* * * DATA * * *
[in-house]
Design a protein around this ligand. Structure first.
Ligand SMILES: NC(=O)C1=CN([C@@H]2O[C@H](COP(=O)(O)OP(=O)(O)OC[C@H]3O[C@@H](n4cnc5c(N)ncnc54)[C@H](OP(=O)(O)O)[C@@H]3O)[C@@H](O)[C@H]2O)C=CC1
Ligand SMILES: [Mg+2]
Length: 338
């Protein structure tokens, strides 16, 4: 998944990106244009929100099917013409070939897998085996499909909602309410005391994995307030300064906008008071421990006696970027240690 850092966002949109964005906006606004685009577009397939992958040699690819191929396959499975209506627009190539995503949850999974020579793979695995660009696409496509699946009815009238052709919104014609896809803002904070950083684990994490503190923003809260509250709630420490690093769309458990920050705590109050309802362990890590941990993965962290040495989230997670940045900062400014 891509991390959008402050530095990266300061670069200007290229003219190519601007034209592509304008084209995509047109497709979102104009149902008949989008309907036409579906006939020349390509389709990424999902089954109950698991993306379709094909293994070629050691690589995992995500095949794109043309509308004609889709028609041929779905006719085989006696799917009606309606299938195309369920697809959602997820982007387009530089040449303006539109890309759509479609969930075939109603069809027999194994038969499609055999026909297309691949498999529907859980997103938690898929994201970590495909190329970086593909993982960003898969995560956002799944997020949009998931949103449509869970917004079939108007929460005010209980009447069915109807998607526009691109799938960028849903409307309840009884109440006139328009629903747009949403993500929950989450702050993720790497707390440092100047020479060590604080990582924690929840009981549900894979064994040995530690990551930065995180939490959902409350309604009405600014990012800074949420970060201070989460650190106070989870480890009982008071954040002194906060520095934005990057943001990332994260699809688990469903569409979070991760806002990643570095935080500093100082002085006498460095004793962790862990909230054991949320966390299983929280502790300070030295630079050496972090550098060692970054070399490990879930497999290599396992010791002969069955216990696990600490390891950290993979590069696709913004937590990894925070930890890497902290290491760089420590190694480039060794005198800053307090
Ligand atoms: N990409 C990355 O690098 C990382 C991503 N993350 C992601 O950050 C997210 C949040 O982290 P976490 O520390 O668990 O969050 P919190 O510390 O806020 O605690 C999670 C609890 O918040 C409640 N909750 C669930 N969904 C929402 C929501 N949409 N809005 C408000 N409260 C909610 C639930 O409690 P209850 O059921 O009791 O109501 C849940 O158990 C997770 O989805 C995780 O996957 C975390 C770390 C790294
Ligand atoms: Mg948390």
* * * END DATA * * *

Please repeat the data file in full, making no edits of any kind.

[in-house]
Design a protein around this ligand. Structure first.
Ligand SMILES: NC(=O)C1=CN([C@@H]2O[C@H](COP(=O)(O)OP(=O)(O)OC[C@H]3O[C@@H](n4cnc5c(N)ncnc54)[C@H](OP(=O)(O)O)[C@@H]3O)[C@@H](O)[C@H]2O)C=CC1
Ligand SMILES: [Mg+2]
Length: 338
């Protein structure tokens, strides 16, 4: 998944990106244009929100099917013409070939897998085996499909909602309410005391994995307030300064906008008071421990006696970027240690 850092966002949109964005906006606004685009577009397939992958040699690819191929396959499975209506627009190539995503949850999974020579793979695995660009696409496509699946009815009238052709919104014609896809803002904070950083684990994490503190923003809260509250709630420490690093769309458990920050705590109050309802362990890590941990993965962290040495989230997670940045900062400014 891509991390959008402050530095990266300061670069200007290229003219190519601007034209592509304008084209995509047109497709979102104009149902008949989008309907036409579906006939020349390509389709990424999902089954109950698991993306379709094909293994070629050691690589995992995500095949794109043309509308004609889709028609041929779905006719085989006696799917009606309606299938195309369920697809959602997820982007387009530089040449303006539109890309759509479609969930075939109603069809027999194994038969499609055999026909297309691949498999529907859980997103938690898929994201970590495909190329970086593909993982960003898969995560956002799944997020949009998931949103449509869970917004079939108007929460005010209980009447069915109807998607526009691109799938960028849903409307309840009884109440006139328009629903747009949403993500929950989450702050993720790497707390440092100047020479060590604080990582924690929840009981549900894979064994040995530690990551930065995180939490959902409350309604009405600014990012800074949420970060201070989460650190106070989870480890009982008071954040002194906060520095934005990057943001990332994260699809688990469903569409979070991760806002990643570095935080500093100082002085006498460095004793962790862990909230054991949320966390299983929280502790300070030295630079050496972090550098060692970054070399490990879930497999290599396992010791002969069955216990696990600490390891950290993979590069696709913004937590990894925070930890890497902290290491760089420590190694480039060794005198800053307090
Ligand atoms: N990409 C990355 O690098 C990382 C991503 N993350 C992601 O950050 C997210 C949040 O982290 P976490 O520390 O668990 O969050 P919190 O510390 O806020 O605690 C999670 C609890 O918040 C409640 N909750 C669930 N969904 C929402 C929501 N949409 N809005 C408000 N409260 C909610 C639930 O409690 P209850 O059921 O009791 O109501 C849940 O158990 C997770 O989805 C995780 O996957 C975390 C770390 C790294
Ligand atoms: Mg948390």